Retweeting several posts by ACLU, the Canadian actress has used her Twitter presence as a way to inform her followers about how they can oppose the bill. Retweeting pro-choice organization, NARA, Page alerted her fans to the fact that a federal judge blocked the unconstitutional ban of abortions in Mississippi. Page then retweeted a post by ACLU that confirmed that they intended to sue the state of Alabama in the hope to take the unconstitutional ban to the high court, just like with Mississippi, in a chance to overturn the bill.

So there is hope to be found.

The fight is almost certainly not over, and, as pro-life organizations and celebrities are making sure the people of Alabama are aware, the bill that has passed is unconstitutional and can be overturned.

So why stop construction?

Planned Parenthood is not going to stop the construction of its state-of-the-art health facility when they fully intend to use it to full capacity once the bill is overturned. Currently, the building, which stands as a 10,000 square foot structure, is at this time no more than a skeleton of what it will become. The builders working on the development are reportedly under a constant security watch, which is probably a necessary addition to the building site considering the atmosphere of hostility surrounding the project.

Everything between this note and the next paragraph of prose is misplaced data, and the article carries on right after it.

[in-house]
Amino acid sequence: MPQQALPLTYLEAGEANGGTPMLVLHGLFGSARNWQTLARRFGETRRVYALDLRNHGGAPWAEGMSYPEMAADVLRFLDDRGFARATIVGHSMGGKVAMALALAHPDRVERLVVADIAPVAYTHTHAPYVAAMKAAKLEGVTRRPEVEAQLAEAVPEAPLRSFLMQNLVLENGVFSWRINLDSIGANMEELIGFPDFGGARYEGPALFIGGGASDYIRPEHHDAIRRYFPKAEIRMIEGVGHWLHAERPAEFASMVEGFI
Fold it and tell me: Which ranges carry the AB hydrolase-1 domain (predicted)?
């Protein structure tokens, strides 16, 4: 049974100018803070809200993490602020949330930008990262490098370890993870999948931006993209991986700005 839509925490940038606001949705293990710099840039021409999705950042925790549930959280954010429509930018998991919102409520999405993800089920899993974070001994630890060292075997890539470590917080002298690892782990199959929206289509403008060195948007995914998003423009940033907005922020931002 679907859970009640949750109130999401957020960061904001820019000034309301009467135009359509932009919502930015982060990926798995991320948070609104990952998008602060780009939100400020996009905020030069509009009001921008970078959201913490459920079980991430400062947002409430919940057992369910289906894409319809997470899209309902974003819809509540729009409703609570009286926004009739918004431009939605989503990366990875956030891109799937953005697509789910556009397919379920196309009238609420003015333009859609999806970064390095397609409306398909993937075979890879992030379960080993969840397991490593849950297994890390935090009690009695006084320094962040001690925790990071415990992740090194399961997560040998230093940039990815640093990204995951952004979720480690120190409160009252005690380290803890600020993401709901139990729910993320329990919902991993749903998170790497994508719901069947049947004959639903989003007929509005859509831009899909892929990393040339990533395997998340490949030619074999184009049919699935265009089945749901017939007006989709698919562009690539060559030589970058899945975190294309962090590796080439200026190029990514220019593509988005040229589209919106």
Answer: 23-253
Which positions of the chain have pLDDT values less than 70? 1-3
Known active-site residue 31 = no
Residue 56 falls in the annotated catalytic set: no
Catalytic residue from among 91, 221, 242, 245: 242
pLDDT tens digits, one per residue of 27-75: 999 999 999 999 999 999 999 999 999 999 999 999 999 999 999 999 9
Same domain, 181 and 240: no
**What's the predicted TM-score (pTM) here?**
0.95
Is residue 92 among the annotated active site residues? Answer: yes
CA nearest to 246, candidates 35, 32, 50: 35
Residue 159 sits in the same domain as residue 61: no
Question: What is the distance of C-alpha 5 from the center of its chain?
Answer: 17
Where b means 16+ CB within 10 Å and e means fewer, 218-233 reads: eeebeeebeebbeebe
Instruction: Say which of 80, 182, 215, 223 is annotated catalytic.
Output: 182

When will the bill come into effect if it isn't blocked?

The State of Alabama's anti-abortion bill will come into effect in November if it's not blocked by federal judges. This is around the same time that the Planned Parenthood facility in Birmingham will be completed.

The race is on to get the bill overturned before the facility is finished.

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Barbara Luttrell has discussed her confidence that the bill will be blocked, stating, "Alabama has a long history of passing laws to restrict abortion." PP does not seem worried that, this time around, the state will get its way. Let's hope that the new law is blocked by the time that the new facility is complete. Luttrell also said that "Aside from abortion, it will offer birth control, cancer testing, and screening for sexually transmitted diseases." It's a darn sight better than them building another Bojangles chicken joint, am I right? Continue reading to hear more about the celebrities opposing the heartbeat bill.